Consider which camera codec and which quality setting to record with. Ask yourself what is required of the media after filming. Will you be managing the post-production yourself or will someone else’s workflow and post-production system need to be considered? Having an overview of the production and post-production process will help you ensure that you deliver the highest quality, most suitable and most compatible media for any given project.

Backing up camera media

Filming with multiple-cameras also means you will need to carefully manage much more data. It’s always a great idea to back up any recording immediately onto hard drives using a laptop. Organising your camera media into separate camera folders can also help prevent any confusion when a great deal may be happening around you at the same time. Creating one or more clones of that hard drive data is the safest way to secure your data. Always make sure you have a checked copy and clone before you clear down your camera data cards.

Filming kit security

Filming solo with multiple cameras means you need to ensure that all your own kit is set up in a safe and secure way. Consider the teams of people that are working around you and make sure they know where everything is being set up and placed. When carrying lots of gear, you need to make sure your kit will be safe from potential theft or possible damage. Think about the health and safety issues which may affect you when considering whether to accept any new commission.

Multi-camera post-production

Filming with two or three additional cameras means managing two or three times as much data, so having enough media storage becomes an important issue. If your camera media needs transcoding, or any other workflow before editing, then this will also add significant extra post-production time. You then have the fun of editing all your amazing footage with multi-camera editing and then delivering a whole beautiful production that you’ve produced, filmed and edited all on your own!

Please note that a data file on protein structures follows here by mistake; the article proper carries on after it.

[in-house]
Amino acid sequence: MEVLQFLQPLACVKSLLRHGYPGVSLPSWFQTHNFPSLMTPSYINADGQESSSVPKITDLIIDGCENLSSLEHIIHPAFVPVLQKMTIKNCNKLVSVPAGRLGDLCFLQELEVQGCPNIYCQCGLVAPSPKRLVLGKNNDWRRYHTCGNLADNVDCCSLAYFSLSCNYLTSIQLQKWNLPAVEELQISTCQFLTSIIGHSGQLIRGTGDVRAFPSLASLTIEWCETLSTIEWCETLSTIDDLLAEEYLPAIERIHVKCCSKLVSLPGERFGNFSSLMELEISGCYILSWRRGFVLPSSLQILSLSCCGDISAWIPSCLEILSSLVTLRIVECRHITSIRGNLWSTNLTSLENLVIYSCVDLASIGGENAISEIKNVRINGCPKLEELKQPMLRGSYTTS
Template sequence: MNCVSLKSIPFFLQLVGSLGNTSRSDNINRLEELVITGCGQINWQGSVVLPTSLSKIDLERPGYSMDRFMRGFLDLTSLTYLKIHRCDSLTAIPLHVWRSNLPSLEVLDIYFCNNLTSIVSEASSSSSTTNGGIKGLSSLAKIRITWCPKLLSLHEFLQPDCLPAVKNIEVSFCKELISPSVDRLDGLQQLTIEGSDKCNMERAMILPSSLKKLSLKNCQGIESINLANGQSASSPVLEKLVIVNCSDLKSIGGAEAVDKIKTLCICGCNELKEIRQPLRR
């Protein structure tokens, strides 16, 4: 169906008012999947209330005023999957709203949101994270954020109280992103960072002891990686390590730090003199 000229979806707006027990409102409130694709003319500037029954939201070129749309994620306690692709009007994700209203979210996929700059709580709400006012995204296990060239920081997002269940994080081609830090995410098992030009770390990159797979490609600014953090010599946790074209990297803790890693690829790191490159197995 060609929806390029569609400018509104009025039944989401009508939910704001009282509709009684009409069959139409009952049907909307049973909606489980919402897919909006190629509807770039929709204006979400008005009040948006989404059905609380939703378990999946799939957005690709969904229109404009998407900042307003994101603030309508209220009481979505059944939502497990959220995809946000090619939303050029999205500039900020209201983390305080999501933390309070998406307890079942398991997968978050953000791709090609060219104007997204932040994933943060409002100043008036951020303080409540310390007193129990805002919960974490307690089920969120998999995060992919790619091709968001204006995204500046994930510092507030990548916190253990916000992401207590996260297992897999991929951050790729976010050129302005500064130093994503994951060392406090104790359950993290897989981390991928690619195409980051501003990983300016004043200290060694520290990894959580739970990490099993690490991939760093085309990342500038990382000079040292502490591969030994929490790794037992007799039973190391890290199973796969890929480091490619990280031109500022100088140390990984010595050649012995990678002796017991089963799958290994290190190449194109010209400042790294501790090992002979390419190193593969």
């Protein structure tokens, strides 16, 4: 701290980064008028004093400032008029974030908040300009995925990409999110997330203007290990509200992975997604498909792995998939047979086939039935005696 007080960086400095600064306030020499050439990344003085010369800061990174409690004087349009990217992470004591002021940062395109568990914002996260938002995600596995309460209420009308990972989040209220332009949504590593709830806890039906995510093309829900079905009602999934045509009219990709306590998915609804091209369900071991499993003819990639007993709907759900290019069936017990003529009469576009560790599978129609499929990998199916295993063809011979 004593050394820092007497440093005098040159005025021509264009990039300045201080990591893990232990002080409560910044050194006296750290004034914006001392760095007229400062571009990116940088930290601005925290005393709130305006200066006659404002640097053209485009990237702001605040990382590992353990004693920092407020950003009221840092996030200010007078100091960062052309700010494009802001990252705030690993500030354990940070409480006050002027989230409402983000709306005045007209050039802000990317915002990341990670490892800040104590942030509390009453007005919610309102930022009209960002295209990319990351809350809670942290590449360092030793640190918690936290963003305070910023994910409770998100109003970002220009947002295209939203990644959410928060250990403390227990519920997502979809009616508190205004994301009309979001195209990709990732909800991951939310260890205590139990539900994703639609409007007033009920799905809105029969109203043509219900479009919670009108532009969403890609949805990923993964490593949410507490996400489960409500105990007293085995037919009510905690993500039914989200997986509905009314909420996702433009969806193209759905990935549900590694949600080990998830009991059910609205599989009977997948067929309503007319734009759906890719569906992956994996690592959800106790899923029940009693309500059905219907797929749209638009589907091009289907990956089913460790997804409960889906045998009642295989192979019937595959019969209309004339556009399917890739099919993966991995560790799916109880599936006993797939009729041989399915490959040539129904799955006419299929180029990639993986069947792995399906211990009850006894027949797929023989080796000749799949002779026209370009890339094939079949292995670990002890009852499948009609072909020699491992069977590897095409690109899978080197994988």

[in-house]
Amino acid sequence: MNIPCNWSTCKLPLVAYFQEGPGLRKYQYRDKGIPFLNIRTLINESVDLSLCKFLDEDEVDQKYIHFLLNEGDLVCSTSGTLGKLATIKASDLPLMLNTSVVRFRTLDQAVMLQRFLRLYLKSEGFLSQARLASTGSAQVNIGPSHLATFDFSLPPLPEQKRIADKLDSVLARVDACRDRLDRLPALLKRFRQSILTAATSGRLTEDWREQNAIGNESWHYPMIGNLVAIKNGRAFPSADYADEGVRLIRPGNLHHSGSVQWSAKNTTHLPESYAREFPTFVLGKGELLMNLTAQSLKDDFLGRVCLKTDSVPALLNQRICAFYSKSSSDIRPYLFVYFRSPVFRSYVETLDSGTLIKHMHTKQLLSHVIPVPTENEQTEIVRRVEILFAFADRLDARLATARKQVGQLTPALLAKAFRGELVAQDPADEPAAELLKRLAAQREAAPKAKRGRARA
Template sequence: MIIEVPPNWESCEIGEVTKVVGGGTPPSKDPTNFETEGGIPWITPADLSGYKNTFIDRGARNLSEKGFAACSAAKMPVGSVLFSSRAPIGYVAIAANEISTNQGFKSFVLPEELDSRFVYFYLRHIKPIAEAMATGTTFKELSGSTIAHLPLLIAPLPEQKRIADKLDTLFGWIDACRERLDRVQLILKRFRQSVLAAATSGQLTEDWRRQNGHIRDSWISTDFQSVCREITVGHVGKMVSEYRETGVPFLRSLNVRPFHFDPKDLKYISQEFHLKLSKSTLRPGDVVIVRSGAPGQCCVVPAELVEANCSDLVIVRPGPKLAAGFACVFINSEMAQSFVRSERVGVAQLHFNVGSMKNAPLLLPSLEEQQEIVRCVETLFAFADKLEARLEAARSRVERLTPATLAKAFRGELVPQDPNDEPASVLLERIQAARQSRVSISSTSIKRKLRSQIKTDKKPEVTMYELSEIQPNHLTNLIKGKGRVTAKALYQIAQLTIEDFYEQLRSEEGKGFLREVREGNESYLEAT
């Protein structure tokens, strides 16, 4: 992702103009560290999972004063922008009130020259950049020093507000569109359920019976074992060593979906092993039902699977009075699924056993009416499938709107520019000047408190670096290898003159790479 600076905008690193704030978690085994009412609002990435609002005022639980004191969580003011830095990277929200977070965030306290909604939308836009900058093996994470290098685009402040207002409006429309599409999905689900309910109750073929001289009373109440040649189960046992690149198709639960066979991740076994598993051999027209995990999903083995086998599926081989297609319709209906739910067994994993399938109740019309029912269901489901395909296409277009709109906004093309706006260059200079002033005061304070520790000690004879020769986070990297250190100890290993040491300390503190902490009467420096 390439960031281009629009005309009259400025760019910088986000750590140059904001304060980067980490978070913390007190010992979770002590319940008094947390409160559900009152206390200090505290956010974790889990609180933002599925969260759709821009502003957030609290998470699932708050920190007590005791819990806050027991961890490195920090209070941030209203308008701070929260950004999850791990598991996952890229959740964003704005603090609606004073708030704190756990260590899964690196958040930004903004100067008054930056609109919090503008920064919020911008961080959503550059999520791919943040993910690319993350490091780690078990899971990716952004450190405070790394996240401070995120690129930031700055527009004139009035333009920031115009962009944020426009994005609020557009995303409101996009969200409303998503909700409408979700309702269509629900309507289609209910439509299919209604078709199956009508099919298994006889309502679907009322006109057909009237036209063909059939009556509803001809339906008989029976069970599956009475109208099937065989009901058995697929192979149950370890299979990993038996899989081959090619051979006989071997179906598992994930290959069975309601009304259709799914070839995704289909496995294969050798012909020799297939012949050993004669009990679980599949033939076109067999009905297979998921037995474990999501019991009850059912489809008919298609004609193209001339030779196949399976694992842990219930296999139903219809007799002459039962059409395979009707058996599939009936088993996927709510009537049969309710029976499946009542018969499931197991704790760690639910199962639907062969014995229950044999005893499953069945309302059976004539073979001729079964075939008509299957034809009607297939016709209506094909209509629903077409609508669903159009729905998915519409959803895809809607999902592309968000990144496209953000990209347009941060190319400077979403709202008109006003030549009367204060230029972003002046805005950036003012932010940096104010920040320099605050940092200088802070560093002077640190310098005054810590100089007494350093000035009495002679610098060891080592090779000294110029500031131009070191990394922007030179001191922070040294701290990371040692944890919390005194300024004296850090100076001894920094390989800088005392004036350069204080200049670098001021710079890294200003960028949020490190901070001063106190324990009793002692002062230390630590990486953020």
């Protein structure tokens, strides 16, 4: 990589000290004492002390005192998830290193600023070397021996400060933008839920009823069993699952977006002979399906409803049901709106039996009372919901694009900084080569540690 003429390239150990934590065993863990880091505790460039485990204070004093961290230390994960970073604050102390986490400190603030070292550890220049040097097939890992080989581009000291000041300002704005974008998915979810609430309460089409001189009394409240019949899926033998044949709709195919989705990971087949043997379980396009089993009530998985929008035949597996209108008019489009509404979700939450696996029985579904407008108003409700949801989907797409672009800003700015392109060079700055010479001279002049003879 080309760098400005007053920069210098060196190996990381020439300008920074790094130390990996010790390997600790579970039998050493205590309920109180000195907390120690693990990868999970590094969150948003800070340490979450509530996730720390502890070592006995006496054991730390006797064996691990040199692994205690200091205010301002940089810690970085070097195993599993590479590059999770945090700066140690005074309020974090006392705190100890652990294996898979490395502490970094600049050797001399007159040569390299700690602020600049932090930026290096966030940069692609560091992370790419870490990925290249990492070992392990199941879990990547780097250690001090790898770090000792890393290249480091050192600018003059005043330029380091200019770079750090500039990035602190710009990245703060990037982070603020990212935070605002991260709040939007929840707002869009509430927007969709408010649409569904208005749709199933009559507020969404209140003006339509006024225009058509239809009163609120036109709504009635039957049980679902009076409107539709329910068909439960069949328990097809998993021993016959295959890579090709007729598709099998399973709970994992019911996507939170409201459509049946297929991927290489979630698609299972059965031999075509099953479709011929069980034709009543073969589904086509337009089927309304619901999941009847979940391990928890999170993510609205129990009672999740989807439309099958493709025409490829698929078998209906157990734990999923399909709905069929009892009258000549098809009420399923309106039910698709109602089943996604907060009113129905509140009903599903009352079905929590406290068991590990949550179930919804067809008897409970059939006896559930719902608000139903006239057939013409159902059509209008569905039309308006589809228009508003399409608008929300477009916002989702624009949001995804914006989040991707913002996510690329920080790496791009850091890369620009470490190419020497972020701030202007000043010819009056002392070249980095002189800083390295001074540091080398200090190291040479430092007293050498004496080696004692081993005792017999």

Multi-camera filming

Multi-camera filming is a great way to add value to any high-quality production. Modern smaller lighter cameras are an excellent solution for multi-camera filming of theatrical and operatic performances, live gigs, music promos and one-off events.

Do you have any tips and tricks for filming solo with multiple cameras?  It would be great to hear them.

You might like to read some of my other blog posts:

Filming a panel discussion

Working as a freelance data wrangler

Fixing a RAID 5 drive array

Posted in

Julian Langham

Julian started his career in media in 1994; shortly after Julian was invited to join the BBC where he was quickly promoted to Editor. Julian left the BBC to develop his freelance career in 2009. Highly-practised and skilled in constructing engaging narratives, Julian’s key strength is his ability to produce strong visually-led stories. In his work, Julian shares his passion for creating powerful synergies between story content, visual rhythm and music.